Book Review: The Union and the World, the Politcal Economy of a Common European Foreign Policy

5 Colum. J. Eur. L. 167 (1998)

Alan Cafruny.
Patrick Peters.

The Hague: Kluwer Law International, 1998. 310 pages.

Given its economic position in the global economy, the voice of the European Union is not heard loudly enough in the sphere of foreign policy. That is at least what Alan Cafruny and Patrick Peters claim in their book The Union and the World: The Political Economy of a Common European Foreign Policy. Although produced without formal support from the European University Institute (EUI) in Florence, Italy, the book is a collection of essays mainly by scholars connected to the EUI, but the list of contributors also includes a practicing lawyer, a European Parliament Administrator and an employee of the German Bundesbank, as well as other unaffiliated economists and legal and political scientists.

Cafruny and Peters describe themselves as neither Euro-phile nor Euro-skeptic. The contributors to the book were simply charged with assessing to what extent there is a communitarian foreign policy and how it affects the world. The editors certainly succeed at presenting a book that offers insightful case studies addressing the question of a communitarian European foreign policy without a pervasive bias on either side. However, due to the rather broad definition of “European Foreign Policy” in some chapters, the reader is left wondering whether “European” refers to foreign policy emanating from the constituent bodies of the EU or foreign policy as promulgated by the individual member states.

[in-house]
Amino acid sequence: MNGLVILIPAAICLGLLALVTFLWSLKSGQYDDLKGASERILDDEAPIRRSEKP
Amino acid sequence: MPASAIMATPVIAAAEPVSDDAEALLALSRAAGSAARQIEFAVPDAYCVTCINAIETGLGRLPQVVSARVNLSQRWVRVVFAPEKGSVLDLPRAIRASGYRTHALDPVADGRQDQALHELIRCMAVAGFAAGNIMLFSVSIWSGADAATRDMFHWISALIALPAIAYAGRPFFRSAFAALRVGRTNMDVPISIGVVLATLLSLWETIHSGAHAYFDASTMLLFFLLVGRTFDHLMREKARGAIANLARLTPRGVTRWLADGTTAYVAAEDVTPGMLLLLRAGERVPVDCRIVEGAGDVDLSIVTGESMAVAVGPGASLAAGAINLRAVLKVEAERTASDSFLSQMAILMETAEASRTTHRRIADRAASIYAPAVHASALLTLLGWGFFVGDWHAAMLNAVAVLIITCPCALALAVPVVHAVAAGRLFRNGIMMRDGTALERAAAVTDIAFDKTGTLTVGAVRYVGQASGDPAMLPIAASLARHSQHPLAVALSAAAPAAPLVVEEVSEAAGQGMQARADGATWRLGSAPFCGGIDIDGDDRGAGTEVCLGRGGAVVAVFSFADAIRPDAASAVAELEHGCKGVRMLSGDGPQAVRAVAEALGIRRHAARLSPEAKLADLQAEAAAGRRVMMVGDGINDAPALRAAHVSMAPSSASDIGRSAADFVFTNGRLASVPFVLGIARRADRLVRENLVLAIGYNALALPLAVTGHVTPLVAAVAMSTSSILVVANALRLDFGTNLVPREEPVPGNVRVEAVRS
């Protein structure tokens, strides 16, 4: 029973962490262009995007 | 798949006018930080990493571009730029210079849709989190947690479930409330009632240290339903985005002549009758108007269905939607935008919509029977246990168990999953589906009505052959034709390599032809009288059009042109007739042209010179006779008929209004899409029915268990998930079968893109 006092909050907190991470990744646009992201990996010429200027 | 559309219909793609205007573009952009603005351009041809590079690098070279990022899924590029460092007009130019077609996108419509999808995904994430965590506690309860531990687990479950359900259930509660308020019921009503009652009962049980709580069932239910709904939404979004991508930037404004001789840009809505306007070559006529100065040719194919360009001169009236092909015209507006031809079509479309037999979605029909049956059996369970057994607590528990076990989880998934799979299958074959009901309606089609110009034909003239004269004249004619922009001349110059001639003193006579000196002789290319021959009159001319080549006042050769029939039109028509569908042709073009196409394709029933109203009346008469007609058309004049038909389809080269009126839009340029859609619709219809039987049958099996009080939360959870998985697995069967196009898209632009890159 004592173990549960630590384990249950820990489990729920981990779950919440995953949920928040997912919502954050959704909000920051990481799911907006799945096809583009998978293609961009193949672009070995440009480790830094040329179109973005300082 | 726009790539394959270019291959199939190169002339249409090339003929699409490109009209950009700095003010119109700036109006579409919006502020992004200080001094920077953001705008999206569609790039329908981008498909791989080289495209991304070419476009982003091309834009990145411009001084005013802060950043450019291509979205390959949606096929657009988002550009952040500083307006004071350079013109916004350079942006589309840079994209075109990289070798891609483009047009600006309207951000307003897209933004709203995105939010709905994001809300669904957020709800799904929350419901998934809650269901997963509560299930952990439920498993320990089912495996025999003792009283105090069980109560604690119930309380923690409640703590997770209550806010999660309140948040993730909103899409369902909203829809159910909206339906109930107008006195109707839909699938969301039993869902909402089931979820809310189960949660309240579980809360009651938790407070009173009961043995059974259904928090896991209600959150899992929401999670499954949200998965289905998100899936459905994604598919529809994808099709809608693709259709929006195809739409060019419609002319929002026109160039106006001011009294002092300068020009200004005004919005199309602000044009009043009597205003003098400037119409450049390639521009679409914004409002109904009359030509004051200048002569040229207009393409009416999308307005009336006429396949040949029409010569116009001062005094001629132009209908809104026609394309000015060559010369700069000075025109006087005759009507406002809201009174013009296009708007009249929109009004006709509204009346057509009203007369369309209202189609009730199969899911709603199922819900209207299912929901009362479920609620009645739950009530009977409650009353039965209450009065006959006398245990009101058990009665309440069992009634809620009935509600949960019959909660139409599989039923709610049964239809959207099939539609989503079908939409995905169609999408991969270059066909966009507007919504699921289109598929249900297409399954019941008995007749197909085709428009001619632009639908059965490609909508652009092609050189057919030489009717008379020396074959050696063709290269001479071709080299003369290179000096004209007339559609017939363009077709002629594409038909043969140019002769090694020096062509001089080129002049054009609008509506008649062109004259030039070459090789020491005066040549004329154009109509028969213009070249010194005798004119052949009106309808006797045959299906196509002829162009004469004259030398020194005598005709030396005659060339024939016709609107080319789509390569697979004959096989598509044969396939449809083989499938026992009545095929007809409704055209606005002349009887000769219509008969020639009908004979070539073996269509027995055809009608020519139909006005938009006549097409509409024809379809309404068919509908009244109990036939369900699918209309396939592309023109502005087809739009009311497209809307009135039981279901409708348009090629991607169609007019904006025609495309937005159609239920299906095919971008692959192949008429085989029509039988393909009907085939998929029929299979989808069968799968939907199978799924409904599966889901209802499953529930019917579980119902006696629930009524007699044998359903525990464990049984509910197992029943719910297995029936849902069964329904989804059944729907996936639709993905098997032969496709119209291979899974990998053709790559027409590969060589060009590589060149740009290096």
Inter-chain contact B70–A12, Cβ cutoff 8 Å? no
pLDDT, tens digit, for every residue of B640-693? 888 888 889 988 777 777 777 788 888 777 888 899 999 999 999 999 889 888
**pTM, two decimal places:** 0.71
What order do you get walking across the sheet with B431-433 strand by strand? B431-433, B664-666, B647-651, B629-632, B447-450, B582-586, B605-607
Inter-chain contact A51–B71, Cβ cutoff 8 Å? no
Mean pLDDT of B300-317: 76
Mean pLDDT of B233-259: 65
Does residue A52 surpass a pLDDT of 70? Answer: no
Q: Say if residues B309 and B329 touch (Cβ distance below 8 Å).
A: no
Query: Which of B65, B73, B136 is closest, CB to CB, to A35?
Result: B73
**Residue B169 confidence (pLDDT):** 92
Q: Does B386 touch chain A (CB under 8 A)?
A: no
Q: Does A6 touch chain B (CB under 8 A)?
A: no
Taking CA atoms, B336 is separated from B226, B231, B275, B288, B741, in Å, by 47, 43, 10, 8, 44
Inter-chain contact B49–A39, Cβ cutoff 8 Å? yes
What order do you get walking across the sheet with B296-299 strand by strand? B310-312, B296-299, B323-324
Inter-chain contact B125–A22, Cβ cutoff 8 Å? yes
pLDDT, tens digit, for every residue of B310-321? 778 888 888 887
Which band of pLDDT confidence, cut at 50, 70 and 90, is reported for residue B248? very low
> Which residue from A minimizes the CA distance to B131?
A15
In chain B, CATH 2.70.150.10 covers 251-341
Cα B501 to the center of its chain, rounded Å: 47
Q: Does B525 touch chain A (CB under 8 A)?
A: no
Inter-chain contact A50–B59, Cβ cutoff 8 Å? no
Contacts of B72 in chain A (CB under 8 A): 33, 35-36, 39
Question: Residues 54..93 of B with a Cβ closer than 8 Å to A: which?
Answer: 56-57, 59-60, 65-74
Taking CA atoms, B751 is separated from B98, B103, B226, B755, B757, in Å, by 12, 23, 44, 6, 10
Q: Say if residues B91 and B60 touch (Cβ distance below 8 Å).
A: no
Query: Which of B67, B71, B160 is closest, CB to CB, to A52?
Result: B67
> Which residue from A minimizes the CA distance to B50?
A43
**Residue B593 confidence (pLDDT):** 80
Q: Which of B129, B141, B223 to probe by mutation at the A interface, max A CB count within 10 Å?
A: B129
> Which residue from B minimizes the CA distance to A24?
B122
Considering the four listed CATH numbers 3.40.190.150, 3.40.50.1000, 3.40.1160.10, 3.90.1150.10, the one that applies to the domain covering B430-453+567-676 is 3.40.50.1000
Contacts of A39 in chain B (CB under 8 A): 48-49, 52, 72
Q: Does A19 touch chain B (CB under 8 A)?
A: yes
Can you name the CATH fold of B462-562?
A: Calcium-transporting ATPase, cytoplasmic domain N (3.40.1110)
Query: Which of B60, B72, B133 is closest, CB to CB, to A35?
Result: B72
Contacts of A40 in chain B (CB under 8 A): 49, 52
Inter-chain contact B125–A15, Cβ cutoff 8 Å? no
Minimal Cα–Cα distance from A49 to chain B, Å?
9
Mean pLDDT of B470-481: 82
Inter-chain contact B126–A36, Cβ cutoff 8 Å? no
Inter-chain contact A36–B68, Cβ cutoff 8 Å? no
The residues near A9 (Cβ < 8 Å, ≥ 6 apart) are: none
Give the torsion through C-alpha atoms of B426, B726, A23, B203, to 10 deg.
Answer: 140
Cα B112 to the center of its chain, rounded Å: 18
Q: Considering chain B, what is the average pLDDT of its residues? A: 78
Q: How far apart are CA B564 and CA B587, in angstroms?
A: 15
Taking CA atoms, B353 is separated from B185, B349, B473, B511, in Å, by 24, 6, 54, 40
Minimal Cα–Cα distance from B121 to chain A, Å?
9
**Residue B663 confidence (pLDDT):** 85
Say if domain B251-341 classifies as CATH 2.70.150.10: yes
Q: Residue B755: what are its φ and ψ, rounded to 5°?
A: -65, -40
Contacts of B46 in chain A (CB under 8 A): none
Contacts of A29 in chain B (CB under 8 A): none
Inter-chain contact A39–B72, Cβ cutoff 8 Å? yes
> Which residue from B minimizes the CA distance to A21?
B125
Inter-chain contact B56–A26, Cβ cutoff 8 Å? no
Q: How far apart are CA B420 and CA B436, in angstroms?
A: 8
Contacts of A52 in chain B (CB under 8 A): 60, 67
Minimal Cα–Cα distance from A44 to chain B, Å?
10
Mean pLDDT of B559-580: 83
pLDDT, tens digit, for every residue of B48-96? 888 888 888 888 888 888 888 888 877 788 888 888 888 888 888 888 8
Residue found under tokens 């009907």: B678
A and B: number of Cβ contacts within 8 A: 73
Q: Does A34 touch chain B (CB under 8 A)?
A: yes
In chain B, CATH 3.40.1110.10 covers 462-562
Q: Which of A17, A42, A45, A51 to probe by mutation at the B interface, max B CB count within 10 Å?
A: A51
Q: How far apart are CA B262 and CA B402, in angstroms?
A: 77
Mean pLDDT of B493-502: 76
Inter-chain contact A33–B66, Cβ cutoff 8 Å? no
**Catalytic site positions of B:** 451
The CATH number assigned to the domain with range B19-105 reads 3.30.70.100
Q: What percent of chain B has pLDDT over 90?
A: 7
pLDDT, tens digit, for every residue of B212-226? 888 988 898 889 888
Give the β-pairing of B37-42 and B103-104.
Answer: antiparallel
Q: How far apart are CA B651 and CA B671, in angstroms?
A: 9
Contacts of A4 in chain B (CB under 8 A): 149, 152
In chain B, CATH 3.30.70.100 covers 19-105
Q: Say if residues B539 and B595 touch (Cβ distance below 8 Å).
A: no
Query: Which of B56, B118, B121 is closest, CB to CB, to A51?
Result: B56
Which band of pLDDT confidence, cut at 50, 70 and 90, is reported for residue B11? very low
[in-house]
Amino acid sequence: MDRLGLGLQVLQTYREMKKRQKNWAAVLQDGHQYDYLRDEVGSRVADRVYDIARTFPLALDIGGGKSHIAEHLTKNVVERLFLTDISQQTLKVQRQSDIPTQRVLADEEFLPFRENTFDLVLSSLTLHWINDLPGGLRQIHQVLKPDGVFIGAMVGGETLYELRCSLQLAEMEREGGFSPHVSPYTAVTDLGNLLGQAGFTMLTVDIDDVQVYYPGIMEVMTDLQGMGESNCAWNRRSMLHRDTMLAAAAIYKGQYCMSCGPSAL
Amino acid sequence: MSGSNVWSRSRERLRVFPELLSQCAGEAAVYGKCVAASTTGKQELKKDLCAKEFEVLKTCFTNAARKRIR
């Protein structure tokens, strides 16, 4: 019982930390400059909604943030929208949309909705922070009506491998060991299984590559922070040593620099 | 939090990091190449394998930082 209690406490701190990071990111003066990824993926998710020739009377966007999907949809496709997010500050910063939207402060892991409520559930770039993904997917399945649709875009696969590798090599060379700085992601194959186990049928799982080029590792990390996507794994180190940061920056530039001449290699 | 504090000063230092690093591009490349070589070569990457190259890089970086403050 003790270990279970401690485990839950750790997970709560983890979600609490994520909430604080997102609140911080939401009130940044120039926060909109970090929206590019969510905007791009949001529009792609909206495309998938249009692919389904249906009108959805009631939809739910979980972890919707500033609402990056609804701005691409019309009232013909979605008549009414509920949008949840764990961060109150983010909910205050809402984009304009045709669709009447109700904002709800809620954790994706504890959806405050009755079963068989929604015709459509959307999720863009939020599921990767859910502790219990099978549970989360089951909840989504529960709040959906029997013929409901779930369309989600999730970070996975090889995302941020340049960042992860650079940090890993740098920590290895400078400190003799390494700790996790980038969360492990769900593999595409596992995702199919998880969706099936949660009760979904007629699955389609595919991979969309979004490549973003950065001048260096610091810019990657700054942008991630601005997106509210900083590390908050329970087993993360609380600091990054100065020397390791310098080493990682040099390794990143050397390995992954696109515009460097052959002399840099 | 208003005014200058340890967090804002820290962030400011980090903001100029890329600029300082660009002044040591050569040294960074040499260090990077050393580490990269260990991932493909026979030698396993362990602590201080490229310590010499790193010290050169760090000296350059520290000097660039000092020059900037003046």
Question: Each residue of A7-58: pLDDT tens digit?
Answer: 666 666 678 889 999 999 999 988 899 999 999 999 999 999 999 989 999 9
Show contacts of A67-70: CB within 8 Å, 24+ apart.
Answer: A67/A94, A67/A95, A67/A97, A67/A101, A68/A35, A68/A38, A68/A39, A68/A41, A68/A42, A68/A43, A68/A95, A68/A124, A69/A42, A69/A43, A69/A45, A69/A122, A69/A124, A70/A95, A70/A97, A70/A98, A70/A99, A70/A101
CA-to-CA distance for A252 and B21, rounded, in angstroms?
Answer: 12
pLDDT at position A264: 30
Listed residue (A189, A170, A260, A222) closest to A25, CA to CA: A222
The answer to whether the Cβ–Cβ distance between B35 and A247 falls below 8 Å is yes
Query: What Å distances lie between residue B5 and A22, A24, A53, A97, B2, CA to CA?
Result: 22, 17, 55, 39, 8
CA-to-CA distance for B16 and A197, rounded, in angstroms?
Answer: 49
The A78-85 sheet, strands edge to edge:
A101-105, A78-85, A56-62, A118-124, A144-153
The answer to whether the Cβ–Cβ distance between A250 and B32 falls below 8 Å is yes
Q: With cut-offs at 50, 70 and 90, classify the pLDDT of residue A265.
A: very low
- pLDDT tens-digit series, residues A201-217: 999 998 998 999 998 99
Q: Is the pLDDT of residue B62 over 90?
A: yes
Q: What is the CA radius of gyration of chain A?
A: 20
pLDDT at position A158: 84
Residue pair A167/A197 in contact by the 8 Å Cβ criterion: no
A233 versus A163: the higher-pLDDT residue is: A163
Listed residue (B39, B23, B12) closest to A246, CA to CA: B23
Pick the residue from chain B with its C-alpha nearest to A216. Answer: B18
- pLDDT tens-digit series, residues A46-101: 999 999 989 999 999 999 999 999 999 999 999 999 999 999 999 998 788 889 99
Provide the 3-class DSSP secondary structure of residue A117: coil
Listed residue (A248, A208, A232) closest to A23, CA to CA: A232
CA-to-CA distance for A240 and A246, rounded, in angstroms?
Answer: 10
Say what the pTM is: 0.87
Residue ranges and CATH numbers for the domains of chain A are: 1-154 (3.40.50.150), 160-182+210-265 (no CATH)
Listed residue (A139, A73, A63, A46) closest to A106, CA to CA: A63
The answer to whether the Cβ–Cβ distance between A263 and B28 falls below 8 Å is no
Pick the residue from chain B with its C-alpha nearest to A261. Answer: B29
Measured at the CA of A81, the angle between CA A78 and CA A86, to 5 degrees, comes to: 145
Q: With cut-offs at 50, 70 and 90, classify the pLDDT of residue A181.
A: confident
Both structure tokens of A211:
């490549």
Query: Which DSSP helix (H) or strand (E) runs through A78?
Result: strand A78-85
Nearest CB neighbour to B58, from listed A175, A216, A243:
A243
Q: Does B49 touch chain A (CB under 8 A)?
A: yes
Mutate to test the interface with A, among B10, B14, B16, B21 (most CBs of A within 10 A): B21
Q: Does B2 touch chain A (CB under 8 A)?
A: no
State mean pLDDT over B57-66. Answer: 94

The commendable element of the editors’ inclusive definition of the term “European Foreign Policy” is that it enables the book to shed some light on aspects of EU foreign policymaking that otherwise often escape the view of most scholars. The first step towards achieving this goal is that Cafruny and Peters differentiate between decisional and structural foreign policy. In other words, the analysis presented in The Union and the World goes beyond merely looking at the formal efforts under the EU’s second pillar but also includes an in-depth investigation of the foreign policy ramifications of EU structures whose primary focus is actually the Common Market. Moreover, the analysis includes accession and adhesion agreements with third countries as foreign policy tools and even dissects the international impact of ECJ decisions.

A particularly interesting and welcome piece is the chapter by Patrick Peters on the dynamics, conflicts and interactions among the members of the Commission. While he concedes that there is no de jure foreign policy-making by the Commission, he argues that de facto the Commission has’ quite a strong foreign policy agenda. Peters renders a very detailed picture of the internal workings of the European Commission and how the personalities and political opinions of the individual Commissioners influence EU policymaking. Especially noteworthy is his portrayal of Sir Leon Brittan’s monopolization of various foreign policy issues outside of his usual portfolio. By individually analyzing all of the important EU Commissioners and their impact on the Commission’s agenda, Peters seeks to provide an alternative to the common focus on the unitary foreign policy-maker so pervasive in contemporary FPA theory. This theoretical approach is particularly justified in this case, due to the fact that the Commission does not fully enjoy all of the powers of a true executive branch.

Thus, its policymaking is more of a sum of the input of various individuals representing the Member States rather than the singular unified voice of Europe.